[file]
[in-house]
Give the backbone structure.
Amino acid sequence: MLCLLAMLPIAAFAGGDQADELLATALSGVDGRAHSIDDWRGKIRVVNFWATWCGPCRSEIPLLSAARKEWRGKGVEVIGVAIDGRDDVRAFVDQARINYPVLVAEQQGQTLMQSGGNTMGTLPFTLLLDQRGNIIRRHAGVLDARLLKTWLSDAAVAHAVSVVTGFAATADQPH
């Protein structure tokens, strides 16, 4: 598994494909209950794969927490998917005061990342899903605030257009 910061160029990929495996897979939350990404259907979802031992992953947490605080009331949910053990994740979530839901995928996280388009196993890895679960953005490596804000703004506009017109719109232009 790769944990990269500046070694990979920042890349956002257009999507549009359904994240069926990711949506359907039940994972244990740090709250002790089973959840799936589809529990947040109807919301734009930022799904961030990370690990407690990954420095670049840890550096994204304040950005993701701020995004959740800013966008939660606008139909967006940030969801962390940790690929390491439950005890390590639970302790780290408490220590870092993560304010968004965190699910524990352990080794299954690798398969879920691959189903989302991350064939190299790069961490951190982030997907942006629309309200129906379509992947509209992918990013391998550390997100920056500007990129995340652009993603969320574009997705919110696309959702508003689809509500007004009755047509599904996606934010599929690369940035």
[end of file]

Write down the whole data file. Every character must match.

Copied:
[in-house]
Give the backbone structure.
Amino acid sequence: MLCLLAMLPIAAFAGGDQADELLATALSGVDGRAHSIDDWRGKIRVVNFWATWCGPCRSEIPLLSAARKEWRGKGVEVIGVAIDGRDDVRAFVDQARINYPVLVAEQQGQTLMQSGGNTMGTLPFTLLLDQRGNIIRRHAGVLDARLLKTWLSDAAVAHAVSVVTGFAATADQPH
């Protein structure tokens, strides 16, 4: 598994494909209950794969927490998917005061990342899903605030257009 910061160029990929495996897979939350990404259907979802031992992953947490605080009331949910053990994740979530839901995928996280388009196993890895679960953005490596804000703004506009017109719109232009 790769944990990269500046070694990979920042890349956002257009999507549009359904994240069926990711949506359907039940994972244990740090709250002790089973959840799936589809529990947040109807919301734009930022799904961030990370690990407690990954420095670049840890550096994204304040950005993701701020995004959740800013966008939660606008139909967006940030969801962390940790690929390491439950005890390590639970302790780290408490220590870092993560304010968004965190699910524990352990080794299954690798398969879920691959189903989302991350064939190299790069961490951190982030997907942006629309309200129906379509992947509209992918990013391998550390997100920056500007990129995340652009993603969320574009997705919110696309959702508003689809509500007004009755047509599904996606934010599929690369940035």